Internationalisation is one of our spearheads at the University of Twente. And to us it means a lot more than just lecturing in English. It means welcoming a growing percentage of international students and offering our students excellent opportunities to study abroad. It means crossing boundaries, understanding cultural differences and connecting worlds. It means preparing you to a be a Global Citizen and – as a communicator – to enable others to comfortably take their place in today’s connective, global village.
- We believe in entrepreneurship
Did you know the University of Twente is Europe’s most entrepreneurial university, with no less than 900 booming startups to our name? And did you know that a larger percentage of communication experts than ever before operate as freelancers or run their own business? Put the two together and you’ll agree that the UT is the place to prepare yourself for stepping out as a communication entrepreneur.
- We believe in getting down to business
More than other universities, we connect theory and practice all through our programmes. As you get more knowledge, we will challenge you to put it into practice in assignments and projects. You will form teams with other students to solve real problems presented to you by real businesses. With our unrivalled business network, we’ll get you out of the lecture hall and library and into the real world. And we’ll get you sweating, too – because in today’s world getting the communication right is not just more fun, but also involves a lot more hard work, than ever before.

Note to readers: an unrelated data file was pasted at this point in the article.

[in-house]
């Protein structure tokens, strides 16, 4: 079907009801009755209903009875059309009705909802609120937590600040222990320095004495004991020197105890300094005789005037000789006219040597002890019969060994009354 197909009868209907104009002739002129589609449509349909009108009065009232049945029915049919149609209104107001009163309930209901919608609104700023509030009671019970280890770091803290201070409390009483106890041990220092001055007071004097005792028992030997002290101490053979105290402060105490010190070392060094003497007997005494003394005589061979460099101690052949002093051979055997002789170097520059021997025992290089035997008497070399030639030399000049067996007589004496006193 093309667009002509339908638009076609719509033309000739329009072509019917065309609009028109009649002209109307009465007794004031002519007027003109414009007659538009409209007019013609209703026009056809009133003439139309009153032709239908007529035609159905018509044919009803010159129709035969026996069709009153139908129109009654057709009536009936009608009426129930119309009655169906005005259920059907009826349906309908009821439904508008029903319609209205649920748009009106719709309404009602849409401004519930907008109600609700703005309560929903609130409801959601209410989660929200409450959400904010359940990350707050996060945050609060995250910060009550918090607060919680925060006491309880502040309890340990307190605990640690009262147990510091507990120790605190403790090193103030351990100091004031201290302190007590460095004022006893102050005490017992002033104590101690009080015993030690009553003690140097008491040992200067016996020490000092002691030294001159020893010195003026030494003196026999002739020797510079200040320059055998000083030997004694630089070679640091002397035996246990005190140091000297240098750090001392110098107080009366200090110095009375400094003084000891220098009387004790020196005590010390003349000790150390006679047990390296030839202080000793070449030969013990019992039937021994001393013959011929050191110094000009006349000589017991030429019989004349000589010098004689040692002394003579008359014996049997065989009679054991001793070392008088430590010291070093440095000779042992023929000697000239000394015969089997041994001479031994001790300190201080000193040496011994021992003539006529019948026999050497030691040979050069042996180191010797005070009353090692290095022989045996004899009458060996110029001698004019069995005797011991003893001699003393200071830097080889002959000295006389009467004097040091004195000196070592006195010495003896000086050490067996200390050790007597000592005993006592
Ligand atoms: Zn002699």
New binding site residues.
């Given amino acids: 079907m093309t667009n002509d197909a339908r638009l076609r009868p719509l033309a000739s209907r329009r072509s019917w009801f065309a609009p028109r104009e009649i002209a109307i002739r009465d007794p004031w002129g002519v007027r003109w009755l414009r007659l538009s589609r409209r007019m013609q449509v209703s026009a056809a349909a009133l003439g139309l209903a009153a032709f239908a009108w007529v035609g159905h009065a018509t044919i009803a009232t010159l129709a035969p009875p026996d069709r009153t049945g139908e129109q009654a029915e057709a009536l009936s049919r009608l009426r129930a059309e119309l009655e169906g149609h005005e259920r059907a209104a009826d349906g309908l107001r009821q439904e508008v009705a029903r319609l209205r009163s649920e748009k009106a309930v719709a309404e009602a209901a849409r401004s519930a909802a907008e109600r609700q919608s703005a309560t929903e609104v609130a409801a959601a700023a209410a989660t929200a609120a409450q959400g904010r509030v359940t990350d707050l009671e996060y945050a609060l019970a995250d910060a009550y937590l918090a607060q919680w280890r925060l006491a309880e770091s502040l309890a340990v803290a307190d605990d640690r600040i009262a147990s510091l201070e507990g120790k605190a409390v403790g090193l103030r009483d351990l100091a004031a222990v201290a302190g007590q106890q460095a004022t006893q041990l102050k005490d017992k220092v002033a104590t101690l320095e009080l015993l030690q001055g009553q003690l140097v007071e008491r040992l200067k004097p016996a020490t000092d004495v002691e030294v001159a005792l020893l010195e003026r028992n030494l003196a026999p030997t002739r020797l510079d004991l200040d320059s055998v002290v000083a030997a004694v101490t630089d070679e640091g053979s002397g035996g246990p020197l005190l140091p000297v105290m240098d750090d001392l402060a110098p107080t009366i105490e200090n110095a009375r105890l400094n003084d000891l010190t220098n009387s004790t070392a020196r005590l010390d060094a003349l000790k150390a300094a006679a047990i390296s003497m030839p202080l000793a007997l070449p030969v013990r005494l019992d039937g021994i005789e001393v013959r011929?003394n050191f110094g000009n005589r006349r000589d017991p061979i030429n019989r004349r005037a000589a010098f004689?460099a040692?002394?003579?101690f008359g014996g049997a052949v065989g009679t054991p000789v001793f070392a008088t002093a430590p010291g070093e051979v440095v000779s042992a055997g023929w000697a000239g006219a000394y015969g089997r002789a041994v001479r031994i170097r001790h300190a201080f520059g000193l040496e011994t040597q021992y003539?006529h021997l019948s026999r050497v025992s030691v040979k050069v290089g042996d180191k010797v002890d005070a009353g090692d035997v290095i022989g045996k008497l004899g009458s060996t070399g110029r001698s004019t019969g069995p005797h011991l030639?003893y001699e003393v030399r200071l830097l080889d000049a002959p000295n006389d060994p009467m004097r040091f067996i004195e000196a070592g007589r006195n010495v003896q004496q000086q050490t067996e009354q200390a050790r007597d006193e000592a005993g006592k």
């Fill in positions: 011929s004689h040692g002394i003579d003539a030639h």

- We believe in you
Succeeding as a communicator today goes far beyond good writing, great speaking or strong soft skills. Sure, you’ll need those – as well as a firm grounding in analytics and at least a touch of tech-savviness. But more than anything, communication is about you. What you stand for, how you impact others. That’s why in our Communication Science programme, uniquely, we look at who you are as a person. We challenge and mentor you. We help you face your strengths & weaknesses and get to work with them. At the University of Twente we don’t believe so much in communication scholars: we believe in you.
The 7 characteristics of the perfect Communication Science student:
- You have a keen mind and are eager to gain insight into all kinds of situations and things
- Facts, figures and trends attract you; ideas, insights and innovation excite you
- You’re observant & sensitive to what is going on around you, often perceiving things others miss
- You may not be an activist or know-it-all, but you care about your world & want to engage with it
- You’re into people, organisations & (international) cultures as much as (social) media, technology & analytics
- You easily move in & out of different (people’s) worlds & enjoy trying to connect & influence them
- You may not see yourself as a future CEO, but you’d do pretty well as a ‘CEO Whisperer’